Mistakes add up as Seahawks suffer first loss, 33-27 to Saints
When you follow the Seahawks, you tend to hear the phrase “You can’t win in the first quarter” often. Well, that adage is especially true if that’s the only quarter in the game the Seahawks even have a share of the lead.
Despite facing a New Orleans Saints team playing without star quarterback Drew Brees, mistakes loomed large as the Seahawks lost 33-27 at home for their first loss of the 2019 season on Sunday afternoon.
The Seahawks’ offense played well, and their defense allowed just one touchdown on a drive that started farther than 58 yards away from the end zone. But TDs allowed on special teams and an offensive fumble allowed the Saints to take a 13-point lead into halftime, an advantage they continued to build upon as Seattle made unforced errors in a disastrous third quarter.
New Orleans was led by running back Alvin Kamara, who not only ran for one touchdown but added another in the passing game and led the Saints with 92 receiving yards on nine receptions.
Quarterback Russell Wilson had another strong performance for Seattle despite the loss, throwing 32 for 50 for 406 yards, two touchdowns and no interceptions and adding a pair of rushing touchdowns in the fourth quarter. Tyler Lockett had a huge game as Wilson’s top target, catching 11 passes for 154 yards and a score.
Here’s a quarter-by-quarter look at the Seahawks’ loss.
Seahawks 7, Saints 7
With rain having been a steady presence all day at CenturyLink Field going into the game, you might think it would be an advantage for the hometown team. It sure didn’t look that way early on – at least not for the running game.
Seahawks running back Chris Carson struggled both with his footing on the slick turf and a New Orleans defense geared up for Seattle’s attempt to establish its ground attack. As a result, Carson had just one yard to his credit on his first five carries.
The Saints, meanwhile, made the most of their first opportunity to touch the ball. Deonte Harris turned a punt by Michael Dickson at the end of Seattle’s opening drive into a 53-yard touchdown return, giving New Orleans a surprising 7-0 lead just three minutes into the game – and before the Saints even made an offensive snap.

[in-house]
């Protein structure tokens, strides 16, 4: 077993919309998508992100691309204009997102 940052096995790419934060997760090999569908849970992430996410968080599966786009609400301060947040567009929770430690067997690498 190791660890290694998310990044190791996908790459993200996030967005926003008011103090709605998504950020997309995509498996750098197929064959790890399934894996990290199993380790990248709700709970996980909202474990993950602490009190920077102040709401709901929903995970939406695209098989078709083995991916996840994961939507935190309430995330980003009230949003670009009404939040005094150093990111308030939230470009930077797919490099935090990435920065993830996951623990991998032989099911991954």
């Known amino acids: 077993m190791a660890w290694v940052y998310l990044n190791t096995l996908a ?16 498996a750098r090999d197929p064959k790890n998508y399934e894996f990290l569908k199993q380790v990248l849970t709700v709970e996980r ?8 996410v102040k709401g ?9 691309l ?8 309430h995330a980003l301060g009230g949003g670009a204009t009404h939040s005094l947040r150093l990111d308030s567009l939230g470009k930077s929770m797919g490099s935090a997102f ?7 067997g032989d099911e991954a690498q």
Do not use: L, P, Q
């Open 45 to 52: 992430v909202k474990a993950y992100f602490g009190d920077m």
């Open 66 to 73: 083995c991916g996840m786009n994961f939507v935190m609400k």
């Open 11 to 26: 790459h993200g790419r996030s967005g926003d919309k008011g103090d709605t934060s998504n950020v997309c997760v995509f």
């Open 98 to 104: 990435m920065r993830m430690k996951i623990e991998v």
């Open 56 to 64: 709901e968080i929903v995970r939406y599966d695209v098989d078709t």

The Seahawks had an answer, however.
Backed by an especially vocal home crowd, Seattle benefited from two penalties to force a three-and-out on the Saints’ first possession. That was even with an 11-yard scramble on third down by Teddy Bridgewater, who got the start at quarterback with Drew Brees out of action due to thumb surgery he underwent last week.
Seattle pulled even on its next series thanks to success through the air. Russell Wilson bought himself some time on third-and-5 from the Seahawks’ 41 and found Tyler Lockett for a 32-yard gain. Carson followed up with his best run of the game, a 16-yard rush up the middle, and Wilson connected with Lockett one more time for an 8-yard touchdown pass.
— Seattle Seahawks (@Seahawks) September 22, 2019
NO – Deonte Harris 53 punt return, 12:06 (Wil Lutz kick, 7-0 NO)
SEA – Tyler Lockett 8 pass from Russell Wilson, 2:29 (Jason Myers kick, 7-7)
Saints 20, Seahawks 7
Just looking at overall play on offense and defense, the Seahawks were clearly the better team in the first half of their meeting with the Saints. The story of the half was told elsewhere, however.
The Saints first took the lead on special teams with Harris’ punt return in the first quarter, and they took the lead again in another unusual way – a 33-yard fumble return by safety Vonn Bell midway through the second quarter.
— New Orleans Saints (@Saints) September 22, 2019
That lost fumble is a serious cause for concern for the Seahawks. It came at the end of a 23-yard rush by starting running back Carson, which means Carson has fumbled once in each of Seattle’s first three games this season. To make matters worse, all three fumbles have been lost.